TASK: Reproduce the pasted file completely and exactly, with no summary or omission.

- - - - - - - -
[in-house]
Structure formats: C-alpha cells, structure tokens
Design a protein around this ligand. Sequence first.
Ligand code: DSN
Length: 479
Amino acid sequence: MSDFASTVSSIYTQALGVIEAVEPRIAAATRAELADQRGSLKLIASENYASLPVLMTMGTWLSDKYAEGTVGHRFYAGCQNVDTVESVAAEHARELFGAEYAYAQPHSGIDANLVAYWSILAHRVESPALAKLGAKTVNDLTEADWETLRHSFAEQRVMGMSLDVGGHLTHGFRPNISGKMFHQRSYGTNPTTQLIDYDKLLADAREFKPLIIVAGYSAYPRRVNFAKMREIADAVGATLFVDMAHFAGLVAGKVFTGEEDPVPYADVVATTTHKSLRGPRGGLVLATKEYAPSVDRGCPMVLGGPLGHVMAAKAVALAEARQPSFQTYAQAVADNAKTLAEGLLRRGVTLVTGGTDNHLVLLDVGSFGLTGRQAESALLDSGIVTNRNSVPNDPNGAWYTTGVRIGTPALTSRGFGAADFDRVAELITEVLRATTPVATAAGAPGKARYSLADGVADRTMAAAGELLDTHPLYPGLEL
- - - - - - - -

[in-house]
Structure formats: C-alpha cells, structure tokens
Design a protein around this ligand. Sequence first.
Ligand code: DSN
Length: 479
Amino acid sequence: MSDFASTVSSIYTQALGVIEAVEPRIAAATRAELADQRGSLKLIASENYASLPVLMTMGTWLSDKYAEGTVGHRFYAGCQNVDTVESVAAEHARELFGAEYAYAQPHSGIDANLVAYWSILAHRVESPALAKLGAKTVNDLTEADWETLRHSFAEQRVMGMSLDVGGHLTHGFRPNISGKMFHQRSYGTNPTTQLIDYDKLLADAREFKPLIIVAGYSAYPRRVNFAKMREIADAVGATLFVDMAHFAGLVAGKVFTGEEDPVPYADVVATTTHKSLRGPRGGLVLATKEYAPSVDRGCPMVLGGPLGHVMAAKAVALAEARQPSFQTYAQAVADNAKTLAEGLLRRGVTLVTGGTDNHLVLLDVGSFGLTGRQAESALLDSGIVTNRNSVPNDPNGAWYTTGVRIGTPALTSRGFGAADFDRVAELITEVLRATTPVATAAGAPGKARYSLADGVADRTMAAAGELLDTHPLYPGLEL